In 1987, the U.S. Congress amended the Clean Water Act (CWA) to establish a national nonpoint source (NPS) program under §319.1 The statute allows states meeting preliminary criteria to receive federal grant money from the U.S. Environmental Protection Agency (EPA) to address NPS pollution. To be eligible for grants, first, each state must identify and report which of its water bodies have not attained or will not maintain state water quality standards, the sources of nonpoint pollution into those waters, and the potential for remedial action. Second, each state must submit to EPA a management program plan that identifies and implements best management practices and other measures to control NPS pollution. Once EPA approves a state's assessment report and management program plan, the state becomes eligible for federal grants to implement the program. Although §319 specifies a 10% cap on administrative spending, it does not otherwise delineate what types of projects or programs may or may not receive funding. Section 319 emphasizes that priority will be given to "effective" activities.

Under §319, a state may receive grant funds only if EPA determines that the state has made satisfactory progress meeting the goals in its management plan during the previous year. To this end, the statute contains some general reporting provisions. EPA may request information, data, and reports as necessary to assess a state's continuing eligibility. And states must report annually both on their progress in meeting milestones, and, as available, information on reductions of NPS pollutant loadings and/or improvements to water quality.0 Additionally, all grants are subject to EPA's general grant requirements under 40 C.F.R. Parts 31 and 35, Subpart A.1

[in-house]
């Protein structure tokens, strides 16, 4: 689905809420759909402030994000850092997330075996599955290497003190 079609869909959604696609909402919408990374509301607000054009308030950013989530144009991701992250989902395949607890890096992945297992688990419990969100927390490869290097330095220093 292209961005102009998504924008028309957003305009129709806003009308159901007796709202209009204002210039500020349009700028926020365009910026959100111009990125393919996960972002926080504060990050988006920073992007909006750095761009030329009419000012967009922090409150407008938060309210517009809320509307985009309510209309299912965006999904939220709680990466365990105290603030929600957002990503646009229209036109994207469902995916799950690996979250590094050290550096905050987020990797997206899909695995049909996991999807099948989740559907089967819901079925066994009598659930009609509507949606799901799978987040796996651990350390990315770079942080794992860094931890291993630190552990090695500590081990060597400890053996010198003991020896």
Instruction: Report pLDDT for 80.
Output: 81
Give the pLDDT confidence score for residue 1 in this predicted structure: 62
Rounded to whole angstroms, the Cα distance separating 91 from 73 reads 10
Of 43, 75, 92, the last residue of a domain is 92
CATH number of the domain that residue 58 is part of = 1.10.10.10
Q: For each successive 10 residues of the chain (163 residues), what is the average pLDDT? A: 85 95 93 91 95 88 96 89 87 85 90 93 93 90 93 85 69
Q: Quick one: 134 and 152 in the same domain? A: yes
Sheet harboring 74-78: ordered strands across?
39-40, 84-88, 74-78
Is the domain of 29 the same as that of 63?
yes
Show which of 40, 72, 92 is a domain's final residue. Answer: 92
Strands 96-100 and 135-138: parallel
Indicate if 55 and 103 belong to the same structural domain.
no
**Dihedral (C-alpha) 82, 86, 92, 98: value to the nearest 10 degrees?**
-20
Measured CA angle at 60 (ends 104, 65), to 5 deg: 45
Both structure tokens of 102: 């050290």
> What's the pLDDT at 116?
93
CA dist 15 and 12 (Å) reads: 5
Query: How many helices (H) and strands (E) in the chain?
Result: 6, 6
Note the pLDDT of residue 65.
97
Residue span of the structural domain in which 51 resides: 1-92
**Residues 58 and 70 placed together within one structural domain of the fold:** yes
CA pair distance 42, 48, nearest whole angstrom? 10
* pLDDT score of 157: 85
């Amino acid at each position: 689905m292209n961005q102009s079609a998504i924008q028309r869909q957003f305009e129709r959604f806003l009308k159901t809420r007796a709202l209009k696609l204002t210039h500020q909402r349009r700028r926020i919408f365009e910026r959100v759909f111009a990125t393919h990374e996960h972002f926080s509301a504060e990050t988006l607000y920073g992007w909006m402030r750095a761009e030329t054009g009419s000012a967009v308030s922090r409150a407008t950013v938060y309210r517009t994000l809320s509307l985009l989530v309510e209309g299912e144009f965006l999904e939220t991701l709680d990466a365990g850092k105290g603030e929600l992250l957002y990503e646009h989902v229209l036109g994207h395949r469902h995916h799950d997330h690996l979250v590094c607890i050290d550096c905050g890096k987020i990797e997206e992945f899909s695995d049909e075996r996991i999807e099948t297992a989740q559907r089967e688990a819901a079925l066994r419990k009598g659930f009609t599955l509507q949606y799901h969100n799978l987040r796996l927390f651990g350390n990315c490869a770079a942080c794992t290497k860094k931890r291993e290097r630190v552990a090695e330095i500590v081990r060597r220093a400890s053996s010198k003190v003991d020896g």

Instead of implementing the §319 program via static regulations, EPA has published a succession of guidance documents and, more recently, rules published as guidelines, since the program's inception. Thus, the Agency has retained the flexibility to adapt to changing circumstances. While the baseline requirements mandated by the statute have remained the same, implementation and grant priorities have changed over time. This Article reviews the evolution of the §319 grants program with particular attention to EPA funding priorities and state accountability and reporting requirements. It should be of value to environmental policy analysts, lawyers, and environmental historians seeking to understand the development of this modern-era federally funded but state-implemented program to deal with the largest remaining threat to U.S. water quality--NPS pollution.